Lambeth council is used to being criticised. Recently local government minister Brandon Lewis accused us of ‘lazy socialism’ for spending £600 on posters offering help to residents whose benefits are about to be cut by the Tory/Lib Dem government. The benefit cuts will reduce the income of one sixth of our population, costing at least an estimated £1 million a year in bad debts to the council alone and pushing thousands into poverty and out of London.
Still, I am much more comfortable being attacked by right-wing Tory ministers bent on dismantling the welfare state than I am by comrades writing in Red Pepper, and so I was very disappointed to read the last edition’s article ‘Co-operating with cuts’, which attacked our efforts to involve communities in decision-making whilst dealing with the most severe budget reduction in our history.
Protecting the vulnerable
Our political priority is to protect the poorest and most vulnerable and so despite the straitened times our council is borrowing £500 million to bring our social housing up to a ‘Lambeth Standard’, a quality level being determined by local residents after thousands participated co-operatively drawing up their priorities to improve homes.
Similarly our Youth Co-operative now has nearly 2,000 members from all sections of the community informing commissioning decisions around youth services and education. Partly as a result of this approach Ofsted recently declared our children’s services ‘outstanding’ in four out of four categories, making our service the highest rated in the whole country. Similarly we are now ranked eighth by Ofsted in terms of the proportion of pupils attending ‘good’ or ‘outstanding’ schools who are achieving well above national average exam results. Quite an achievement for the 14th most deprived borough in the UK with very high levels of children with English as a second language.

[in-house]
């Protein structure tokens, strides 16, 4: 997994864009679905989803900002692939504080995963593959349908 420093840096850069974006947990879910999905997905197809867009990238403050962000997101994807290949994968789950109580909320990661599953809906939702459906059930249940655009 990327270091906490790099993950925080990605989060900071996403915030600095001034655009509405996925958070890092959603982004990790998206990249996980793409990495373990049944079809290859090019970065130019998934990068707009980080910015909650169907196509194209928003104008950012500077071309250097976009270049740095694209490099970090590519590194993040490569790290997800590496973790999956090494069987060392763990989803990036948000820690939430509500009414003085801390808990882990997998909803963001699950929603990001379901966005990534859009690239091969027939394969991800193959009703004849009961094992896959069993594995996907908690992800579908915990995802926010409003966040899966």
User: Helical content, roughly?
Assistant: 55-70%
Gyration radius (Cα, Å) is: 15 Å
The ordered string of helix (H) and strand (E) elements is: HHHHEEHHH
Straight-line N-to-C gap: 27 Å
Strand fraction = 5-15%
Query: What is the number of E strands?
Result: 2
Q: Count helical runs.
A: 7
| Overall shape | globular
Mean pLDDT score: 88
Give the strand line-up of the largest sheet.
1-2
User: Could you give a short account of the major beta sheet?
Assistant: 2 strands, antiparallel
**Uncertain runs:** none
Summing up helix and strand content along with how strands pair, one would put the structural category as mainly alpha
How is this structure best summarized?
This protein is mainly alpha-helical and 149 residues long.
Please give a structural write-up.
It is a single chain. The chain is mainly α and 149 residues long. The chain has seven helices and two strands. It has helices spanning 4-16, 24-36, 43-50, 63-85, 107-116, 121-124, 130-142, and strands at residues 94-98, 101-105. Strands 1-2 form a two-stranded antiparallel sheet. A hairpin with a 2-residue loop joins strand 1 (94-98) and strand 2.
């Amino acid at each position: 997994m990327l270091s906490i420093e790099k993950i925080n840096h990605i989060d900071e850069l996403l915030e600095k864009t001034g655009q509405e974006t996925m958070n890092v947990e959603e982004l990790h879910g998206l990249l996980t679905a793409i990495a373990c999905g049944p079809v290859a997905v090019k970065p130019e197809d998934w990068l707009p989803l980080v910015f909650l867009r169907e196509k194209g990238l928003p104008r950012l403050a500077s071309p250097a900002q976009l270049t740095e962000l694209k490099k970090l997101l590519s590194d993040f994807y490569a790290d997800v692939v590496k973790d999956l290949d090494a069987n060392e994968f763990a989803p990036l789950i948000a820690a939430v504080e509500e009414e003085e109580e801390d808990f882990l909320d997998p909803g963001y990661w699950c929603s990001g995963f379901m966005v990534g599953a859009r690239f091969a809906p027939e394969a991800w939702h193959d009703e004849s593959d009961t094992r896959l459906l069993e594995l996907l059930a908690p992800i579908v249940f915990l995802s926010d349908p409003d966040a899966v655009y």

Despite suffering a 45 per cent cut in our central government grant between 2010 and 2016 we have not shut a single library – in fact we have opened a new one in Clapham that has won several awards and seen a 300 per cent increase in users. We have also saved the Upper Norwood library after Tory Croydon (which we shared financial responsibility with) pulled the plug – we are now handing the library to the community to run as a co-op. Similarly we have just opened a new leisure centre in Clapham with two more in Streatham and Norwood to open in the next 18 months to be run by a co-operative.
Managing the cuts
Unlike the early 1980s it is not an option for Lambeth council to refuse to set a legal, balanced budget. If we did the government would appoint commissioners to run the council direct from Whitehall imposing cuts with little local understanding or consultation.